I am renting a house from the above estate agents. We are two women living on our own here with two very old parents who live in the attached cottage. I have on numerous occassions sent @ rentals email regarding the large sliding door, which we unable to lock and also the cottage door leading to the road is also unable to lock, I have explained to the agents the urgency of getting these repairs, but have heard absolutely nothing about this. I feel because we are paying such a high rental for this house, we should be entitled to get the agents to look into this matter with great urgency. My husband lives and works out of South Africa and is unable to look at these. Please can you help me or give me some advice on how to deal with this situation.
I am posting this entry because I have just been gazumped by the owners and the agents of the property at Flat 2, 4 Greencroft Gardens, London NW6 3LS, and duped of the money and time I had put into the deal. I am writing about this for two reasons:
- To inform the general public about another instance of duping and rogue play by property agents.
- To inform any buyer planning to buy this property of the actual price and events, so that no one else is duped in the same way as I have been.
I put an offer on this property beginning of November 2007 and it was accepted at just about £ 400,000. Mind you, this is already a bit higher than the prices of the comparable recently sold prices in the area (details available at www.thisishouseprices.co.uk). I was awarded an exclusivity period by the agent and owners, and promised that no one else will be allowed to bid for the property while it is under offer on the agent's website. I got the survey done the next day after the offer was accepted - it highlighted several structural problems like subsidence of foundation and property floors and suggested a lot of areas where the property will need massive investments. For instance, the bathroom floor has a major subsidence and will alone take £ 10,000-15,000 to correct. Also there are cracks in the external building walls which need work. Overall, the estimate for the repairs and investments to avoid any risk of a crashing floor or widening of cracks at critical locations came out to be £ 15,000 - 20,000.
Given these defects, we were obviously skeptical of what additional costs we are looking at. So we sent the survey report to the landlord's management company responsible for managing the property. And surprise surprise! the management company failed to revert back to us with the answers because the landlords created a bottleneck there by not passing the requisite fees to the management company to release the requisite information. I found this morally wrong, unprofessional and unethical to create artificial bottlenecks to slow down the deal.
Then the agent came back to us saying that the owners have received another offer of £ 420,000 and hence they are asking us to increase the offer. I found this to be extremely unethical on the part of the owners and the agent to accept other offers even when we were moving the deal forward full throttle. Further, when I asked the agent to send me in writing that they have received another offer (to pre-empt the chance of any foul play), they said that they cannot do so. Obviously this indicates that either there was no offer or that the agent was showing around the property even after the sale was agreed. This just goes on to prove how unethical these agents are.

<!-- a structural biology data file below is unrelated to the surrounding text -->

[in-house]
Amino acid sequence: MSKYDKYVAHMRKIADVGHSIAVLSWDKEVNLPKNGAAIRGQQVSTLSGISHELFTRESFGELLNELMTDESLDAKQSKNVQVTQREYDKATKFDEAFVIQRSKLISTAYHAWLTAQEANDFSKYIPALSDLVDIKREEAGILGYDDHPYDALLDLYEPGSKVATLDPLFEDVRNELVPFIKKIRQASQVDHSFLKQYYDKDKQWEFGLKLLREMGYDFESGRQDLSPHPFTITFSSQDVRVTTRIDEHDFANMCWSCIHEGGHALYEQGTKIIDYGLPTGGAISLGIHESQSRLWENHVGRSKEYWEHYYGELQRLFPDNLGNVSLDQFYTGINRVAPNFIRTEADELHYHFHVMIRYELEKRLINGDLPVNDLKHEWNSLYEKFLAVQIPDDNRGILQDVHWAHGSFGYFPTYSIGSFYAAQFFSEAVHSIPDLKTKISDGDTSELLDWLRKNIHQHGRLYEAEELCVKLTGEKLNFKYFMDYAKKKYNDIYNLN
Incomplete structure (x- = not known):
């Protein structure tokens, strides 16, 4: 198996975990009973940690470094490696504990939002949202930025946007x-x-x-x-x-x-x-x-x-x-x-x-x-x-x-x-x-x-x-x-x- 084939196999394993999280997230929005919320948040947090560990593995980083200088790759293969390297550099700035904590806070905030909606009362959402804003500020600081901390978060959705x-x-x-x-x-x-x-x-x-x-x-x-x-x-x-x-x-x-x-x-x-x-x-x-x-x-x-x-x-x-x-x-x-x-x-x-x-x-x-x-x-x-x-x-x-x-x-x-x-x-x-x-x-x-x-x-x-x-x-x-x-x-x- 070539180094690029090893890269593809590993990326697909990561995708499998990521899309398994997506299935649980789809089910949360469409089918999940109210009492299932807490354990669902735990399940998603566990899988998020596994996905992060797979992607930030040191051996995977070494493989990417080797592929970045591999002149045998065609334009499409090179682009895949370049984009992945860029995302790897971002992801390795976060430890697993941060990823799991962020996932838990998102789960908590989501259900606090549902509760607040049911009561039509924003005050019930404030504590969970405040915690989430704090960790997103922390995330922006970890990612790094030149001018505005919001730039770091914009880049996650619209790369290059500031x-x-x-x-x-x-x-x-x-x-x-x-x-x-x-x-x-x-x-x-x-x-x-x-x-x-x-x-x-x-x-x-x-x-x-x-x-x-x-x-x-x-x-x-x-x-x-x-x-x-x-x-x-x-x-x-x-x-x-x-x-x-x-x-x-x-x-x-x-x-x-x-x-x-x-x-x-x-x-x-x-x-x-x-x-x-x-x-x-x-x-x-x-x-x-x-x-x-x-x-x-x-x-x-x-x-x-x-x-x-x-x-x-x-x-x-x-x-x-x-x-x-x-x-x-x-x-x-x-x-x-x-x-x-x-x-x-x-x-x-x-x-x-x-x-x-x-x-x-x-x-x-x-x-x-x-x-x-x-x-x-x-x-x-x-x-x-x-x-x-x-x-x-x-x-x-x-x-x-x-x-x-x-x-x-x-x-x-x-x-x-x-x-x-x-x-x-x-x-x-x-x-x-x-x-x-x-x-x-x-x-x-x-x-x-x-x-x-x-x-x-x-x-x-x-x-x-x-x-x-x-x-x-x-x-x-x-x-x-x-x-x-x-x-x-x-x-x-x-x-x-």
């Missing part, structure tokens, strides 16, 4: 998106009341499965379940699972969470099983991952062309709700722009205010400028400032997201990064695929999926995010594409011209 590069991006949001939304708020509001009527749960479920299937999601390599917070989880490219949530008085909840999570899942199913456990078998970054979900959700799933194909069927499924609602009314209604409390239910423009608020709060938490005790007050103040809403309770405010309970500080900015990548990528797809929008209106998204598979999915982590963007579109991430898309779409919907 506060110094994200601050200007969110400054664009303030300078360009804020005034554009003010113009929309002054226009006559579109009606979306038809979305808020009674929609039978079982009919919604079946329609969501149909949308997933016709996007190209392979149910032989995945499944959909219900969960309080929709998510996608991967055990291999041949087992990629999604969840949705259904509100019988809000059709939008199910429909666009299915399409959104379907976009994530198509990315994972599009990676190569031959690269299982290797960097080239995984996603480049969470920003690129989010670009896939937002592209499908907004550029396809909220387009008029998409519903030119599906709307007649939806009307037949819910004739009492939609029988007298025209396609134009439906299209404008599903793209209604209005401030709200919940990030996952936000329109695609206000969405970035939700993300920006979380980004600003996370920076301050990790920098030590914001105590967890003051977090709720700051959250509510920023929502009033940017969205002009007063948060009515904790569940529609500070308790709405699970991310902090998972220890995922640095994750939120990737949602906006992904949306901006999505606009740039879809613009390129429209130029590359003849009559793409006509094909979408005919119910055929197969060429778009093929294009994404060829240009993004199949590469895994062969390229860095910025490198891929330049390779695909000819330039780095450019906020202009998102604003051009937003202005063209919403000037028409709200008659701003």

Finally, I REFUSED to increase the offer by any significant amount on on moral grounds and have pulled out of the deal. However I decided that I am not going to take this kindly and will go on to expose the unethical behavior and possibly foul play by the agents and the owners of 4, greencroft gardens, london. So two scenarios:
Scenario 1 - There is no buyer and the agents are just lying and posturing to up the offer:
- In this case this entry will serve to expose the agent / owners and their unethical tactics
- This entry should serve as a benchmark for any future buyers on this property (feel free to email me as I have done detailed due diligence on this property and can provide you the insights survey report and other analysis for FREE! :-)
Scenario 2 - There is actually a buyer who is paying £ 420,000 for this property
- In this case, this entry should help the buyer understand that he is overpaying an amount way too far than the property deserves
- I would advise him to get a detailed due diligence done on the property (especially the floors, windows, etc.) to get an idea of how much additional money this property is going to drink (our starting estimates are approx £ 15,000-20,000).
Let me just leave two final pieces of advice to any prospective home buyers:
1) - Do not ever get into a bidding race with anyone. Every property has a price and the price can vary across people. You surely don't want to spend life in a house with the realization that you overpaid for the house. London is now gradually turning into a buyer's market and you will find ample number of properties (as a happy ending, let me add that I found another property too!)
2) - Even the biggest and the most 'we are ethical professionals' agents are unethical ### walking this planet. Do not ever believe a word of what they are saying. For anything that sounds dubious, ask them to put it down in writing. I have done the same on every step of my interaction with them (even the most minor ones!) so that later on if you have to file a complaint against them, you have enough arsenal in hand.
Finally, feel free to send to me any similar stories around rogue agents & unethical landlords and I will publish them on this blog. I think it will be a great source for our fellow buyers and will ensure that we can save as many people as possible from being duped at the hands of the unethical practices in the property market. Good luck with your house search.